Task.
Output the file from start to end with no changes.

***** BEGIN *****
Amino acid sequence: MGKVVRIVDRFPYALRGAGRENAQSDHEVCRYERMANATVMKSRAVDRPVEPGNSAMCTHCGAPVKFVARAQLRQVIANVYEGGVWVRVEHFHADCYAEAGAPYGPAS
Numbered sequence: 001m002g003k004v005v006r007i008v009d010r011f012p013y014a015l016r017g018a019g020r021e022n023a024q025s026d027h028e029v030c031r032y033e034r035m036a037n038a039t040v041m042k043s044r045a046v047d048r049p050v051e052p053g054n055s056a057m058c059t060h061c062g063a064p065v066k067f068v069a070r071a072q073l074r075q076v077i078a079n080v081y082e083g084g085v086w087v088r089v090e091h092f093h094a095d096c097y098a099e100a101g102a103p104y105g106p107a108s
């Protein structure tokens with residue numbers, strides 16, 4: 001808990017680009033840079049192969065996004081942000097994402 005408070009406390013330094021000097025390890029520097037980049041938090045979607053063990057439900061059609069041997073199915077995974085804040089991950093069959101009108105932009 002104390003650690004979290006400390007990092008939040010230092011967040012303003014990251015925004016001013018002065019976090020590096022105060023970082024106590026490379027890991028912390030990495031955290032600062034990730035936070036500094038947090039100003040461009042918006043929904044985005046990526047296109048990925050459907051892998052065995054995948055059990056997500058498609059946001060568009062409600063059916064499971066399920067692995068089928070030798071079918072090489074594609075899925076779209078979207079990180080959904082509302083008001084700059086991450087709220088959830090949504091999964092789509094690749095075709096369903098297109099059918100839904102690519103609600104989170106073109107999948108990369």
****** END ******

Amino acid sequence: MGKVVRIVDRFPYALRGAGRENAQSDHEVCRYERMANATVMKSRAVDRPVEPGNSAMCTHCGAPVKFVARAQLRQVIANVYEGGVWVRVEHFHADCYAEAGAPYGPAS
Numbered sequence: 001m002g003k004v005v006r007i008v009d010r011f012p013y014a015l016r017g018a019g020r021e022n023a024q025s026d027h028e029v030c031r032y033e034r035m036a037n038a039t040v041m042k043s044r045a046v047d048r049p050v051e052p053g054n055s056a057m058c059t060h061c062g063a064p065v066k067f068v069a070r071a072q073l074r075q076v077i078a079n080v081y082e083g084g085v086w087v088r089v090e091h092f093h094a095d096c097y098a099e100a101g102a103p104y105g106p107a108s
């Protein structure tokens with residue numbers, strides 16, 4: 001808990017680009033840079049192969065996004081942000097994402 005408070009406390013330094021000097025390890029520097037980049041938090045979607053063990057439900061059609069041997073199915077995974085804040089991950093069959101009108105932009 002104390003650690004979290006400390007990092008939040010230092011967040012303003014990251015925004016001013018002065019976090020590096022105060023970082024106590026490379027890991028912390030990495031955290032600062034990730035936070036500094038947090039100003040461009042918006043929904044985005046990526047296109048990925050459907051892998052065995054995948055059990056997500058498609059946001060568009062409600063059916064499971066399920067692995068089928070030798071079918072090489074594609075899925076779209078979207079990180080959904082509302083008001084700059086991450087709220088959830090949504091999964092789509094690749095075709096369903098297109099059918100839904102690519103609600104989170106073109107999948108990369």